30 Sweet Potato Healthy Recipes

Sweet Potato healthy recipes

Here you´ll find 30 healthy sweet potato recipes. Many studies have suggested that increasing consumption of plant foods like sweet potatoes decreases the risk of obesity, diabetes, heart disease and overall mortality while promoting a healthy complexion, increased energy, and overall lower weight.

One medium sweet potato will provide well over 100% of your daily needs for vitamin A, as well as 37% of vitamin C, 16% of vitamin B-6, 10% of pantothenic acid, 15% of potassium and 28% of manganese. You’ll also find small amounts of calcium, iron, magnesium, phosphorus, zinc, vitamin E, thiamin, riboflavin, and folate.

Keep the skin on! The color of sweet potato skin can vary from white to yellow, purple or brown but no matter what color it is, make sure you do not peel it off. A sweet potatoes skin contributes significant amounts of fiber, potassium, and quercetin.

Good for digestion

Sweet potatoes are high in fibre, which has been shown to promote a healthy digestive system. Research so far has only been conducted on animals, but it would appear that the high phytosterol content of sweet potatoes does have a protective effect on the digestive system and may be important in the prevention and management of duodenal and gastric ulcers.

Help regulate blood pressure

One cup of sweet potato baked in its skin provides 950 mg of potassium. That’s more than twice the amount in a medium banana. Potassium essentially sweeps excess sodium and fluid out of the body, which lowers blood pressure and reduces strain on the heart. Potassium also helps regulate heart rhythm and muscle contractions. 

Help support weight loss

About 12% of the starch in sweet potatoes is resistant starch, a filling, fiber-like substance your body doesn’t digest and absorb.

One study found that replacing just 5.4% of total carbohydrate intake with resistant starch resulted in a 20 to 30% increase in fat burning after a meal. Resistant starch also prompts the body to pump out more satiety-inducing hormones.

Prevent Vitamin A deficiency

Sweet potatoes are an extremely important source of Vitamin A because they contain high levels of beta-carotene.

Beta-carotene is transformed into vitamin A in our livers, with every molecule of beta-carotene producing two molecules of Vitamin A, essential in helping the body fight off infections, and remain resistant to any further infections.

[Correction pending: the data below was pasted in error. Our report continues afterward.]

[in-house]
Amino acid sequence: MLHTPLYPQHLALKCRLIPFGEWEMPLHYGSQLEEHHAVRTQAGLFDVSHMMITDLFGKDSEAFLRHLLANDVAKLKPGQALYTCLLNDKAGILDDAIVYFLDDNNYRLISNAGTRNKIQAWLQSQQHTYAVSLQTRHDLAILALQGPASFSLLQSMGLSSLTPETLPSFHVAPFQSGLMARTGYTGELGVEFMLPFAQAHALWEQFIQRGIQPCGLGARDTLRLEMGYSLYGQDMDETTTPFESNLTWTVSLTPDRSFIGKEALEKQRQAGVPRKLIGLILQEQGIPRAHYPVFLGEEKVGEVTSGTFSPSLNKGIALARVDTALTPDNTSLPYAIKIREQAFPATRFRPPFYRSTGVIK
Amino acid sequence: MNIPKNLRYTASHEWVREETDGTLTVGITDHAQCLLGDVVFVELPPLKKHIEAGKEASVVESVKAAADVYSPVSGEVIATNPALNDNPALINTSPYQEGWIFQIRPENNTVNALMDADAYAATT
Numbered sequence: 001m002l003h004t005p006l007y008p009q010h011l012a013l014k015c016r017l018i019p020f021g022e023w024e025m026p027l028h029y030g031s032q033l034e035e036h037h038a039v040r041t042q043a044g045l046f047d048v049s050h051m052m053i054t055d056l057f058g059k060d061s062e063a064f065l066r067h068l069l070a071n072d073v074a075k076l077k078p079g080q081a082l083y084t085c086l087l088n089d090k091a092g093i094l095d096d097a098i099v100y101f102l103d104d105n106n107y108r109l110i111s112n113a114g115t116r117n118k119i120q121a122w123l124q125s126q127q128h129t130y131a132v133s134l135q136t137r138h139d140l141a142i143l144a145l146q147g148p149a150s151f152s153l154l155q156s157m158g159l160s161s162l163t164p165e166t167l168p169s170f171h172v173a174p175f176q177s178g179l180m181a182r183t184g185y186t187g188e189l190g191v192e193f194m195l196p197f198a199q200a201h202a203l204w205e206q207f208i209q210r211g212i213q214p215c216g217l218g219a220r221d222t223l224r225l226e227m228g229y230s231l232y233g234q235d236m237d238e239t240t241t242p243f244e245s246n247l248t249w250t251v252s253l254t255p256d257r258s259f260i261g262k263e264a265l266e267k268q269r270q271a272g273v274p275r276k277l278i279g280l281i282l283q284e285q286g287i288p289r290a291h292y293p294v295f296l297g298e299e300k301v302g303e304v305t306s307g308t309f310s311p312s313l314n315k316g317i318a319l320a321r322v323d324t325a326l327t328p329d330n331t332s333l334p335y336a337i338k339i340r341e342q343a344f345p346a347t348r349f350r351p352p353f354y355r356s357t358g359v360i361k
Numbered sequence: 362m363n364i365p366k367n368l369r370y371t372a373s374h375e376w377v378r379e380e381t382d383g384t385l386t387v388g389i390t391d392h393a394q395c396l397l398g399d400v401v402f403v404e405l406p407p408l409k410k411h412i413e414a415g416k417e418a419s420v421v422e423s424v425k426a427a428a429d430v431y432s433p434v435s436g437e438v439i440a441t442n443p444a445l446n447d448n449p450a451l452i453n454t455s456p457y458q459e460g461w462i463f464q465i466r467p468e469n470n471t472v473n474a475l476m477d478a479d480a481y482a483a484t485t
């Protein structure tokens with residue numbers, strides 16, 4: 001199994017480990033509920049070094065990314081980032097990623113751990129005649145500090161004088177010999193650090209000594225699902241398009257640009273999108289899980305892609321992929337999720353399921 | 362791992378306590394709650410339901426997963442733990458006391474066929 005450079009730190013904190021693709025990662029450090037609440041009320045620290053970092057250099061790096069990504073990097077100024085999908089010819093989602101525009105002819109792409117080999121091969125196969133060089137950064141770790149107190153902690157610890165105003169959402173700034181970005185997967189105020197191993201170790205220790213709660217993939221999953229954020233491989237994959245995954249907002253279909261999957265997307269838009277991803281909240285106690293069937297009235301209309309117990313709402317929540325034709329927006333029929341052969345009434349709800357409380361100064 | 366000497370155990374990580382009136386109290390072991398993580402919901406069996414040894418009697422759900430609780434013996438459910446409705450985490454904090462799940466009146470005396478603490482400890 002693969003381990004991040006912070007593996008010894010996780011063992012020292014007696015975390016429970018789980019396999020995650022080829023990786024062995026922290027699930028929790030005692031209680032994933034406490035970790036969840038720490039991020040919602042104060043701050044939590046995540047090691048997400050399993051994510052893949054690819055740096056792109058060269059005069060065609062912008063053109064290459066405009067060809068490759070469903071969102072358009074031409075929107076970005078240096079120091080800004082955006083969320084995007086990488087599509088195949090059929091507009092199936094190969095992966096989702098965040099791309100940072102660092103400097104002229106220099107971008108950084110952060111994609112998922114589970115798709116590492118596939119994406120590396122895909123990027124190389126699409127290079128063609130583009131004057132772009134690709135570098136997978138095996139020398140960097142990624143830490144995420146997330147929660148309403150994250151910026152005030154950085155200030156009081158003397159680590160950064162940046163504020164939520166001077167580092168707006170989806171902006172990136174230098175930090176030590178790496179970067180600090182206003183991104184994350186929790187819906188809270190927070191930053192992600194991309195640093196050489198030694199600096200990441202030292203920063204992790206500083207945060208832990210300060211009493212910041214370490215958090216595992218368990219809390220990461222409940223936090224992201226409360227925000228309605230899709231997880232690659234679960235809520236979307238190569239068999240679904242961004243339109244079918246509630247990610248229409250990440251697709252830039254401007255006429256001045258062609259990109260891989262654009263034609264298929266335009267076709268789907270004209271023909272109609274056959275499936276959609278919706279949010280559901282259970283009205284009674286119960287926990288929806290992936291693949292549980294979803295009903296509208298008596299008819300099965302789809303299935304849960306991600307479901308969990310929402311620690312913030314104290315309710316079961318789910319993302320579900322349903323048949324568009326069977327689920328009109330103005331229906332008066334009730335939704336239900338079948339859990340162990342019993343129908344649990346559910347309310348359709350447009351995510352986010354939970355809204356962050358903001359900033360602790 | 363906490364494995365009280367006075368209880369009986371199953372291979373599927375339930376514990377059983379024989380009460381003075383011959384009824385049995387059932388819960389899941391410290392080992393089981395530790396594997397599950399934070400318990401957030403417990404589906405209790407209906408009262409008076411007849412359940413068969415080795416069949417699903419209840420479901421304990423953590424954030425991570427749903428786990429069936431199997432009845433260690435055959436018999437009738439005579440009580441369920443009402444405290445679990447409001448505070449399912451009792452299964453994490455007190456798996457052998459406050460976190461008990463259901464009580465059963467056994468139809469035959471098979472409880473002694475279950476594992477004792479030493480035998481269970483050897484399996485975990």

Help manage diabetes

Sweet potatoes are categorized as low to high on the glycemic index scale, and several studies have indicated that it can minimize the occurrence of insulin resistance and low blood sugar levels, as well as high blood sugar in people who are suffering from diabetes.

Studies into the varieties of sweet potatoes have revealed that the Beauregard is the most effective sweet potato variant when it comes to blood glucose regulation.

The fiber in the sweet potato is also hypothesized to be beneficial for diabetes management. The sweet potato is a high fiber food, which has been shown to lower the blood sugar levels of individuals suffering from type I diabetics. 

Help manage stress levels

Sweet potatoes contain a significant amount of magnesium, which is an essential mineral for normal body functioning. One of the most important benefits of magnesium is that it helps reduce stress and anxiety.

Studies have shown that an increase in magnesium deficiency in modern diets has resulted in a significant increase in the cases of depression reported across the world.

Anti-inflammatory

Sweet potatoes contain a significant amount of vitamins, most of which have powerful anti-inflammatory properties.

Studies carried out on the purple sweet potato have conclusively shown that the extracts from the vegetable variant had the capability of inhibiting the production of active inflammatory components in the body.

7 thoughts on “30 Sweet Potato Healthy Recipes”

  1. I do not like sweet potatoes, what so ever, but they are very beneficial and many health experts would agree, and not to mention they are popular among athletes in the industry as well. This was quite informative Chape 🙂